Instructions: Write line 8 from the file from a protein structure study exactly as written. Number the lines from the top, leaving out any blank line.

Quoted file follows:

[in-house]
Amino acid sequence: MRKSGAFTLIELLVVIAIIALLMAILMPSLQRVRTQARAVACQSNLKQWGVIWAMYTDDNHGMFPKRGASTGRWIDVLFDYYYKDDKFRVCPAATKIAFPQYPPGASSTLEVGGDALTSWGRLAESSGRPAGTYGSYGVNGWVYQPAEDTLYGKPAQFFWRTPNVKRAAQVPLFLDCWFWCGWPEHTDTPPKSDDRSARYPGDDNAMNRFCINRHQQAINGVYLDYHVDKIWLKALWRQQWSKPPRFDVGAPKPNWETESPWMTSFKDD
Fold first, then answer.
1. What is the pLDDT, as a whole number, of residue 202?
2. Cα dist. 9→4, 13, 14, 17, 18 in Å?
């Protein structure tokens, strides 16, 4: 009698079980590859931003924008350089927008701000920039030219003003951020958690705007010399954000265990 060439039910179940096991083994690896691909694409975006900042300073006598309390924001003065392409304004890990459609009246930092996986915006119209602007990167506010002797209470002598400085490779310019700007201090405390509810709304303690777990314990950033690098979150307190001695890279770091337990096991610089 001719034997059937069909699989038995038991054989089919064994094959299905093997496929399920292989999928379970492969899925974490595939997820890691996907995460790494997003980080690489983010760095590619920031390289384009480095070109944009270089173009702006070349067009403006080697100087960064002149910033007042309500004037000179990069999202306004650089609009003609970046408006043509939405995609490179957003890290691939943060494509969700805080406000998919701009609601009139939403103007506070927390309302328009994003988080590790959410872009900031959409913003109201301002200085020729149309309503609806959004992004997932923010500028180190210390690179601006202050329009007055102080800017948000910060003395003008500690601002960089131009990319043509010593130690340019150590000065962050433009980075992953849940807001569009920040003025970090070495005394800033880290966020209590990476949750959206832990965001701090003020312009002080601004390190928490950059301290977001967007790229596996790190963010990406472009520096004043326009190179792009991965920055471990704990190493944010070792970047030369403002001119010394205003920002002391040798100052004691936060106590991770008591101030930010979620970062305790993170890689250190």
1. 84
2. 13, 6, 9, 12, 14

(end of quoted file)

2. 13, 6, 9, 12, 14